Before determining the coliseum’s fate, wrecking-ball swingers might do well to practice one very Portland trait: patience.
Of the many civic battles that have shaped Portland over the decades, few match the one over Memorial Coliseum—not the recent brouhaha about whether to tear it down, but the debate that began fifty-seven years ago about where to build it in the first place.
Delta Park? South Auditorium? The west end of the Ross Island Bridge? All of these spots were contenders. Portland’s first sports and events venue set off a snarling, eight-year tug-of-war—complete with City Council flip-flops, three citywide votes, and several lawsuits. In the end, the site was yanked from the South Auditorium District and placed at the east end of the Broadway Bridge.
A half century later, Mayor Sam Adams and Commissioner Randy Leonard want to demolish the coliseum and replace it with a Triple-A baseball stadium to bring new life to the dreary Rose Quarter. "We’ve been studying the problem for fourteen years‚" Adams says of the surrounding quarter’s long-arrested development. "It’s time for action." But they forgot the step Portlanders always demand between chin-rubbing and punching the gas: a long argument over the map.
Consider the much-loved Pioneer Court-house Square: dozens of proposals and fifteen years of private and public clashes ensued before the project was built. Or think about Director Park, the "missing Park Block‚" soon to be christened just east of the Fox Tower. Designated as open space in nearly every city plan since Portland was platted, the block took 160 years to crawl from study to action.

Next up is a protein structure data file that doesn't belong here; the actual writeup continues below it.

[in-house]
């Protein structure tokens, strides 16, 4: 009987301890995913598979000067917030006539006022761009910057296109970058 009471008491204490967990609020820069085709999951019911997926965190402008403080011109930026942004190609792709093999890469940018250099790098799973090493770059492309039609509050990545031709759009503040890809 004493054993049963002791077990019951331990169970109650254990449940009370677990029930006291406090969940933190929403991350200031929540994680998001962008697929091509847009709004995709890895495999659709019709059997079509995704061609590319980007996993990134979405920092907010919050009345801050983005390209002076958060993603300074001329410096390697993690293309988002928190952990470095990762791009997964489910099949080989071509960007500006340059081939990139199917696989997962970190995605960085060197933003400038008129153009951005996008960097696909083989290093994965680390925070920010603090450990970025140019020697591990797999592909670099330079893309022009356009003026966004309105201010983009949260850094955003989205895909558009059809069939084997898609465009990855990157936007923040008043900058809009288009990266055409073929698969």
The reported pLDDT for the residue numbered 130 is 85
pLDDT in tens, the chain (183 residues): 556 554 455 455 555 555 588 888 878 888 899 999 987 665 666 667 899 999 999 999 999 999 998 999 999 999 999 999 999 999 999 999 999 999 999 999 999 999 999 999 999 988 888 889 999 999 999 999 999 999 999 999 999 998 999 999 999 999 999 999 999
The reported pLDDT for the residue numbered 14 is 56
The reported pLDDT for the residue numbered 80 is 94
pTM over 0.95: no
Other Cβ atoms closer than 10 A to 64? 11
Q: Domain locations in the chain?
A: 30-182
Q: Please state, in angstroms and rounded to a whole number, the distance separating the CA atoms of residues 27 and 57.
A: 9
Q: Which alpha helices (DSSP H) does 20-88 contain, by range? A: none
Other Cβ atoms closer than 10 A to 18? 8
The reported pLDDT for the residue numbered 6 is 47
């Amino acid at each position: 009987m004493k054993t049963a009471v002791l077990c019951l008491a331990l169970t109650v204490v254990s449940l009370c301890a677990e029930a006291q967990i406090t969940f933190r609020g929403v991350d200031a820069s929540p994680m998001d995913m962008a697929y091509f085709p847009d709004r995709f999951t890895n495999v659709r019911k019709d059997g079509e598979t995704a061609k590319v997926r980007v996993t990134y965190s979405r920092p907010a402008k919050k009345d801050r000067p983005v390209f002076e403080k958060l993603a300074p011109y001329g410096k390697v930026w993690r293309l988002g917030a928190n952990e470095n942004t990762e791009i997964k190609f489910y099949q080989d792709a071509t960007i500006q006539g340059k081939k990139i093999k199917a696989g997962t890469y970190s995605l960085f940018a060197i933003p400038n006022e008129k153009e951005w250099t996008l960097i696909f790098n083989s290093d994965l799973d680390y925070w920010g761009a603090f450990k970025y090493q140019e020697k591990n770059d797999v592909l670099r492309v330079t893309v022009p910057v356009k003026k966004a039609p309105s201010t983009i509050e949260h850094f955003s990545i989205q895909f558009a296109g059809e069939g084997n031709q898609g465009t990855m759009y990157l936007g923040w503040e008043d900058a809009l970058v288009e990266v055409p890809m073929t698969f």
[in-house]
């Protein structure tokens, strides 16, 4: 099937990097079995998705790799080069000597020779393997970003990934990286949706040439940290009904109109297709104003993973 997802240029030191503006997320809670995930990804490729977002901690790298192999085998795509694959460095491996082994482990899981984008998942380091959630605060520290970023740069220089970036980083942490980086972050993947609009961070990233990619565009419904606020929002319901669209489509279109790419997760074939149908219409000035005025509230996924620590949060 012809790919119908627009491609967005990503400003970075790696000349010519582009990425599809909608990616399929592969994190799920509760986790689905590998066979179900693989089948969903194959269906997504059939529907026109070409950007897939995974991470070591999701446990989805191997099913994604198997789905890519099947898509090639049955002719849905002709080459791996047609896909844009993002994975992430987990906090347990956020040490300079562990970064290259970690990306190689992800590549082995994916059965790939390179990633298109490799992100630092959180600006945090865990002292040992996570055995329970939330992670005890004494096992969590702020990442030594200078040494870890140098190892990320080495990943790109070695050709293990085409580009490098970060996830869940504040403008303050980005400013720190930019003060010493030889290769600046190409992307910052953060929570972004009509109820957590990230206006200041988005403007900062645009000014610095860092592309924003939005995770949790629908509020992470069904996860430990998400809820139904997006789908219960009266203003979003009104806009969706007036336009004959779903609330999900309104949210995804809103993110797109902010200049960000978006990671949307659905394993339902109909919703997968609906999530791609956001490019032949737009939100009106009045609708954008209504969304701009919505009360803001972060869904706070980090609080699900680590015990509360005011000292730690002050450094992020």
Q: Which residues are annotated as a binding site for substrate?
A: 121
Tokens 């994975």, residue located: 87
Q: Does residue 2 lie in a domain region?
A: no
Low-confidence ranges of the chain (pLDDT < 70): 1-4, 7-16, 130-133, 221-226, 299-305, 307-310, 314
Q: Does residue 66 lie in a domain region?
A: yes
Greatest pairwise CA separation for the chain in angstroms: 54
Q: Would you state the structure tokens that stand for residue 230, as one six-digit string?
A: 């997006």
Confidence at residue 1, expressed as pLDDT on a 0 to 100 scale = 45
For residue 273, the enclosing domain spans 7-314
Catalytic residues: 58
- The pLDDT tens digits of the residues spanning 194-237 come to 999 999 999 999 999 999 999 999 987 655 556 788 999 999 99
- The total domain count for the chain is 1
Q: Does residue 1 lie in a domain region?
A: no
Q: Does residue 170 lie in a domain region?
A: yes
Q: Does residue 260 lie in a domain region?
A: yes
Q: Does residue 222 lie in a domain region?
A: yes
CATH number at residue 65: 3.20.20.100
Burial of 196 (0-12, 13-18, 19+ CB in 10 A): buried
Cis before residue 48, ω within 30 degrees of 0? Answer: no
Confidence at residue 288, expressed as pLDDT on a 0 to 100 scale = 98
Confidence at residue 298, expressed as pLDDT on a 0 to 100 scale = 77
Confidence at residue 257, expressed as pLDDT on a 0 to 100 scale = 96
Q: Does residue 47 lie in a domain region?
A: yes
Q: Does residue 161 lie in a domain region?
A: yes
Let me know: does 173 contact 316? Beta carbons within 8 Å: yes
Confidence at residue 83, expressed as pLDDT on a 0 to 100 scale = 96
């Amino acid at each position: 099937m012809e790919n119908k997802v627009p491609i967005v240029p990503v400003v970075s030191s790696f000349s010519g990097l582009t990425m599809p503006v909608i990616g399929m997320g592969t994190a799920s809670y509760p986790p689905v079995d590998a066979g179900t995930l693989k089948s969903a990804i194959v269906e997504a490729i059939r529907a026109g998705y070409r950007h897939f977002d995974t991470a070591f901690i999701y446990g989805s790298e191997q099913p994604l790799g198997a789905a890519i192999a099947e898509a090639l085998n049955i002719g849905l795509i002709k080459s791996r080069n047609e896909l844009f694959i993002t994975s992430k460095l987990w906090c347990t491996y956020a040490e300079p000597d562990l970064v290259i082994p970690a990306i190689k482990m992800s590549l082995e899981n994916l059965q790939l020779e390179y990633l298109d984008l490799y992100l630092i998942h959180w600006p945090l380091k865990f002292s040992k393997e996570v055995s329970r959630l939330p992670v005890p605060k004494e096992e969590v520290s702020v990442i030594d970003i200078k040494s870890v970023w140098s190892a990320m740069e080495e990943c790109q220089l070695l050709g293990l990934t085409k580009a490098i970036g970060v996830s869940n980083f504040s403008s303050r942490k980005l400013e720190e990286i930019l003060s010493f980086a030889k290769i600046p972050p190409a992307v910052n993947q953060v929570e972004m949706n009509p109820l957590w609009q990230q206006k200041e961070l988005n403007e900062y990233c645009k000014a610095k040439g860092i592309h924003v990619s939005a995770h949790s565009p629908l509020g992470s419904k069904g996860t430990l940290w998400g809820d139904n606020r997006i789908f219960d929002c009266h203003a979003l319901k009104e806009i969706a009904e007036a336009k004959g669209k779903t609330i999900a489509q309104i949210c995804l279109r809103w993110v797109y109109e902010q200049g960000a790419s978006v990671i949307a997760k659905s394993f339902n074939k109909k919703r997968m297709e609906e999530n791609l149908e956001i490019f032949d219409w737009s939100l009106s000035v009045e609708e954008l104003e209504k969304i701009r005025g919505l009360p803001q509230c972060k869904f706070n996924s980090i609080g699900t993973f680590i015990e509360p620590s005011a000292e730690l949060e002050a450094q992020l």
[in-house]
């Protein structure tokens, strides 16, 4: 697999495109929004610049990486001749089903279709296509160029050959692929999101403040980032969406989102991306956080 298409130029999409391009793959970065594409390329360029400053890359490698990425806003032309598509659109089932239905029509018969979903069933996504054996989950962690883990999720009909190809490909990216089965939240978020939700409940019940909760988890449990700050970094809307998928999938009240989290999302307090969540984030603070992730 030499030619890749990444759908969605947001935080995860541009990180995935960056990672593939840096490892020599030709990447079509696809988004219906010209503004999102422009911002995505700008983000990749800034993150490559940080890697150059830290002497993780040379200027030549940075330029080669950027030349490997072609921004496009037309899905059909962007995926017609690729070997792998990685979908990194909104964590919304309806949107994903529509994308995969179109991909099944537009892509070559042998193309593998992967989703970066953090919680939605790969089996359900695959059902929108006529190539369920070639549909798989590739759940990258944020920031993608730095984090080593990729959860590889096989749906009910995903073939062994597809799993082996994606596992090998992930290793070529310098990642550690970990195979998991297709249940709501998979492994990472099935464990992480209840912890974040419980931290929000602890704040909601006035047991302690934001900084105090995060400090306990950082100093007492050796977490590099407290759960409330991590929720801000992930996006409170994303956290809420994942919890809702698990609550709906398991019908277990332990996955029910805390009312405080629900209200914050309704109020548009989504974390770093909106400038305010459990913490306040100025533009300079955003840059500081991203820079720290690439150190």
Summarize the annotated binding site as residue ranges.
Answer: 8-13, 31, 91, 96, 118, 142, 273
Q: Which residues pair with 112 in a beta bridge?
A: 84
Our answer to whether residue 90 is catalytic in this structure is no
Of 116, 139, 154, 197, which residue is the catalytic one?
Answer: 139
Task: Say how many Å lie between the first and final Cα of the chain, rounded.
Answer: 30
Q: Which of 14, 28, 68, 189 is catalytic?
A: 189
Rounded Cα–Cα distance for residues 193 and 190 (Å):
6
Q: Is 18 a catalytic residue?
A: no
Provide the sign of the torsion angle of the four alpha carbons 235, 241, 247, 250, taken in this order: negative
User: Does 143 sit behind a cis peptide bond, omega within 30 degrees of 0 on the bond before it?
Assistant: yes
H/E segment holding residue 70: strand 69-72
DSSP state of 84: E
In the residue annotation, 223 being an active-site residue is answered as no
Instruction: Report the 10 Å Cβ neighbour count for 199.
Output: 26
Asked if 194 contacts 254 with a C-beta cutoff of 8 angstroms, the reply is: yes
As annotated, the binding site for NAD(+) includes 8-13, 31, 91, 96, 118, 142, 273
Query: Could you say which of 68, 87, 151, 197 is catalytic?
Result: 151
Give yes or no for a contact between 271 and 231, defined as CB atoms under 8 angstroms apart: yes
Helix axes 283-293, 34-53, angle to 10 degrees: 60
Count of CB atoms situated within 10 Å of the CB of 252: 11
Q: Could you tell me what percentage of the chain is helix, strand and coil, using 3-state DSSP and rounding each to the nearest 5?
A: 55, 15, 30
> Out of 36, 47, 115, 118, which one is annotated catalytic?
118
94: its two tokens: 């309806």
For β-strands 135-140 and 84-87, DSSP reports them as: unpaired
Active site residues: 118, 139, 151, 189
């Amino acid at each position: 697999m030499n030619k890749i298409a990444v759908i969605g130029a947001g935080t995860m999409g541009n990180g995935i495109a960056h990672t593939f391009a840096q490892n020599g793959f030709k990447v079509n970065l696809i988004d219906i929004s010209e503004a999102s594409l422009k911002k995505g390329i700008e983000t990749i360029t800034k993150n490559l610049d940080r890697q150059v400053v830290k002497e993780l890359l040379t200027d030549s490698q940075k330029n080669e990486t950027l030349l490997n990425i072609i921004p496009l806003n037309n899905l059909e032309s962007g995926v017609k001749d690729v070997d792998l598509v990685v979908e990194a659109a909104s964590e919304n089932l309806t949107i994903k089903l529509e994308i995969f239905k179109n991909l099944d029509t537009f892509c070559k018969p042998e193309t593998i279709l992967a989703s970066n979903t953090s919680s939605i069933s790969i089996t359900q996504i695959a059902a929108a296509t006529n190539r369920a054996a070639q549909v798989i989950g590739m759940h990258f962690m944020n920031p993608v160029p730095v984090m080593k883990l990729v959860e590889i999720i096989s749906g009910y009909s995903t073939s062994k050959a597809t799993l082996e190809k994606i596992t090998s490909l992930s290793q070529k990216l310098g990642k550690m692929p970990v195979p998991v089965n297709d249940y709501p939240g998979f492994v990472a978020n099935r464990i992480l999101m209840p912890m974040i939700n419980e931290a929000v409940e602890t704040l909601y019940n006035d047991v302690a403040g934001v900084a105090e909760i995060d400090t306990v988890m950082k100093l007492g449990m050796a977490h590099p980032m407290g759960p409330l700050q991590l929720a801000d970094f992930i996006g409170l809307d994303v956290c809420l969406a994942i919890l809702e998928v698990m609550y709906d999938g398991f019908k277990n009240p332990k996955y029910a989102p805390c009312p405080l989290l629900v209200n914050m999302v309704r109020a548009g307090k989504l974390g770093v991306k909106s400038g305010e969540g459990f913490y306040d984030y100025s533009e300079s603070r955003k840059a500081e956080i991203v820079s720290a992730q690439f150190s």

Desperate to cut some ribbons before his possible recall election, Adams was moving at March 3 toward demolishing the coliseum until blogger Brian Libby goosed the architecture community into opposition. Now up for debate will be the Trailblazers and Baltimore-based Cordish Company’s scheme to transform the coliseum and the Rose Quarter into an entertainment complex on par with Kansas City’s Power and Light District, an eight-block nexus of restaurants, bars, and theaters.
But Cordish’s antics in Kansas City are already making Portlanders’ eyeballs roll. After enjoying $325 million in city-backed bonds and subsidies, Cordish turned around and sued the city over its taxes. Then the company banned knee-length T-shirts within the district and protested Kansas City’s proposed light-rail line. Early sketches for the Rose Quarter venture feature a salvaged Memorial Coliseum, but without the seating bowl or the glass walls.
Here’s where another history lesson is worth reviewing. Remember the rare moment of fast-tracking consensus back in the early ‘90s when the Rose Garden was built? Amid the glow of the Blazers’ runner-up championship finish in 1990—and under the dark cloud of owner Paul Allen’s threats to take the team elsewhere—city leaders paved the path to a new arena, study-to-action, in just two years.
Allen and his minions bullied the city into accepting an urban-design plan that chopped up the district into undevelopable fragments and blocked it off from adjacent neighborhoods with parking garages. Local urban designers warned of the consequences and even proposed more pedestrian- and development-friendly plans (after all, we know something about that here). The result? The colorless, traffic-snarled pedestrian nightmare we have now. Truly fixing the Rose Quarter (namely, rerouting streets and rebuilding the transit center) would cost more than $30 million, according to a 2001 city study. Ouch.
Note to Sam and Randy: maybe Portland’s slow, debate-happy way of making decisions works better than you think.